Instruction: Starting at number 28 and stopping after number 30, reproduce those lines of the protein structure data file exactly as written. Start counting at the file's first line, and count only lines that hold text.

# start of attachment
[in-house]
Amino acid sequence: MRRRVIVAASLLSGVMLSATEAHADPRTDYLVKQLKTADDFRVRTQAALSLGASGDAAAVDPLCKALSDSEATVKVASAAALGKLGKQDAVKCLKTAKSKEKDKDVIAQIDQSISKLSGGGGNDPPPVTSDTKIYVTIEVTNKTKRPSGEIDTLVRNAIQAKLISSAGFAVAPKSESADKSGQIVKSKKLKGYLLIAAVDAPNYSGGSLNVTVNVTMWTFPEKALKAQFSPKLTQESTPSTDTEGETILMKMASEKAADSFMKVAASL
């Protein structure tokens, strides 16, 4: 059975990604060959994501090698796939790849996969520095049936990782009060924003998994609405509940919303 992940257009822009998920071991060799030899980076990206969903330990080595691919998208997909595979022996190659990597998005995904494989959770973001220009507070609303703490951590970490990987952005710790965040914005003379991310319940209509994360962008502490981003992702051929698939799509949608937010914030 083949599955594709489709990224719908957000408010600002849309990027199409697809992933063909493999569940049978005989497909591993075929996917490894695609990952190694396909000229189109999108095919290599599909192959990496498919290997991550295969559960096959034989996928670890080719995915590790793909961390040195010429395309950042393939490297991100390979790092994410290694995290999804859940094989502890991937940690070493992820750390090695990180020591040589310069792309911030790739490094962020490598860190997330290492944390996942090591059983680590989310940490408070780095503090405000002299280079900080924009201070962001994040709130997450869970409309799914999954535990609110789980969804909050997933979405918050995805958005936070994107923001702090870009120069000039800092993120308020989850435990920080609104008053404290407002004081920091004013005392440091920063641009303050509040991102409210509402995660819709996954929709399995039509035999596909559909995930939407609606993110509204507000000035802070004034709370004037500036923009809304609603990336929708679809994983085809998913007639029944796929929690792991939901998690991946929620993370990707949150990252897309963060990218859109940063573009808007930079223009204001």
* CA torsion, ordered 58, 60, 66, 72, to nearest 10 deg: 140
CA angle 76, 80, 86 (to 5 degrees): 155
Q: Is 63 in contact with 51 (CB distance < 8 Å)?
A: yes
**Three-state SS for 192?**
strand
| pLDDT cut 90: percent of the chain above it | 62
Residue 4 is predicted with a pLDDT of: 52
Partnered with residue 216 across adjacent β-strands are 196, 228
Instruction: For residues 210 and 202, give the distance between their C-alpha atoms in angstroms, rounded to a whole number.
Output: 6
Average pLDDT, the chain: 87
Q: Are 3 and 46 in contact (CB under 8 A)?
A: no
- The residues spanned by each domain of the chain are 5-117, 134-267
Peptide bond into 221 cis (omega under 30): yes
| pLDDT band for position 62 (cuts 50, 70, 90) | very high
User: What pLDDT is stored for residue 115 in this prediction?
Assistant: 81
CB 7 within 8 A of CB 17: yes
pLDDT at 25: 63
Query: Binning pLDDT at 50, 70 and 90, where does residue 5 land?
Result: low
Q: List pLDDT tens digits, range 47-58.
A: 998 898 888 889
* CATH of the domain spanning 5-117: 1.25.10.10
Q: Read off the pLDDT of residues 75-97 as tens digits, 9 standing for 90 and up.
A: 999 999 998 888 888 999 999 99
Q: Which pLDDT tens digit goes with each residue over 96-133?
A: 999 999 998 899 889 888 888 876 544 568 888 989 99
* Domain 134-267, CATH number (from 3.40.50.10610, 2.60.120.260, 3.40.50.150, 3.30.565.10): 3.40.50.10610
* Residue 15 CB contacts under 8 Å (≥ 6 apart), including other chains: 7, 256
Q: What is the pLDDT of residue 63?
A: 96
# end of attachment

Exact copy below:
A: 998 898 888 889
* CATH of the domain spanning 5-117: 1.25.10.10
Q: Read off the pLDDT of residues 75-97 as tens digits, 9 standing for 90 and up.